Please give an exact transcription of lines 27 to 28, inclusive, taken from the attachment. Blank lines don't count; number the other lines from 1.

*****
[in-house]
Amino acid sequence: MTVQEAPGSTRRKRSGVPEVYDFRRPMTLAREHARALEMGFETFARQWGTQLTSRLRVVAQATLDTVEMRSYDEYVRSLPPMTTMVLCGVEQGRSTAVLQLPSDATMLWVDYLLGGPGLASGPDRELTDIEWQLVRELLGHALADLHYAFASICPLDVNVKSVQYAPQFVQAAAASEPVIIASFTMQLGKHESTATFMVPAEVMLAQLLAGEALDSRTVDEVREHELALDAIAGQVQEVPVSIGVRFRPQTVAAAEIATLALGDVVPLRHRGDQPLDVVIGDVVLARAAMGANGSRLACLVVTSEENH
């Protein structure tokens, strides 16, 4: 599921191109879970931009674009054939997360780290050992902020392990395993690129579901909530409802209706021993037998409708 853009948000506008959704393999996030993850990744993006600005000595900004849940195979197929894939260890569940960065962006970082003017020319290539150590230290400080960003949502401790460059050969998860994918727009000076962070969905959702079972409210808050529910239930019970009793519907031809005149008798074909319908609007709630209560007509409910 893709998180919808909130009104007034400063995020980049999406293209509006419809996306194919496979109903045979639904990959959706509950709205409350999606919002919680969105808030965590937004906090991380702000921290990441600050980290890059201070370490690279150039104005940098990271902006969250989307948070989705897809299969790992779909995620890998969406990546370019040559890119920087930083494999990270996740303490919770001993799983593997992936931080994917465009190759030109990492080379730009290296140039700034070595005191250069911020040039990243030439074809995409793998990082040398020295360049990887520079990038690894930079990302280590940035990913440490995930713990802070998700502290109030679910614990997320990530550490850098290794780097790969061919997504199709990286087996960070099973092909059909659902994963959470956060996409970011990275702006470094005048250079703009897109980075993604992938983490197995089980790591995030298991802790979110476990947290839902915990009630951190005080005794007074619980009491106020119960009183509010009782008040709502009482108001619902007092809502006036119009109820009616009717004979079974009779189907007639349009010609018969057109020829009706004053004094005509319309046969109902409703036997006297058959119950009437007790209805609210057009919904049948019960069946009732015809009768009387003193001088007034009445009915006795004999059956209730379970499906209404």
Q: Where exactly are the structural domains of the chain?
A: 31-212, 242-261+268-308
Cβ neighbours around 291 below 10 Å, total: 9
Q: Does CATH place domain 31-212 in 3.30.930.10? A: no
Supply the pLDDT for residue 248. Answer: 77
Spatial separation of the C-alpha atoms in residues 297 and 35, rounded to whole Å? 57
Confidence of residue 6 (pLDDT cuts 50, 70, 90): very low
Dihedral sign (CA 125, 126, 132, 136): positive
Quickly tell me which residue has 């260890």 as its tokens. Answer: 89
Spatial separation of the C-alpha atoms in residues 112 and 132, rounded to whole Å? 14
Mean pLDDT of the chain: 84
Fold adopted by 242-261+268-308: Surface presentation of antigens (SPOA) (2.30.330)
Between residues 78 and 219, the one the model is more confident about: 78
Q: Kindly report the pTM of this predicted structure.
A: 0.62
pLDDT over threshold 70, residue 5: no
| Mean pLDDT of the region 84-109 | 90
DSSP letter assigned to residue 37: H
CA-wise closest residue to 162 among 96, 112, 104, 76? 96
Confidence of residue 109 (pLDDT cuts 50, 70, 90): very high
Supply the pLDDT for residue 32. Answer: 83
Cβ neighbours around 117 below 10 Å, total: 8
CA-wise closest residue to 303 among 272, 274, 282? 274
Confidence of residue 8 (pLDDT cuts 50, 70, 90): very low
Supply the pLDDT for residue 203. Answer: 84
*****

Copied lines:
Confidence of residue 8 (pLDDT cuts 50, 70, 90): very low
Supply the pLDDT for residue 203. Answer: 84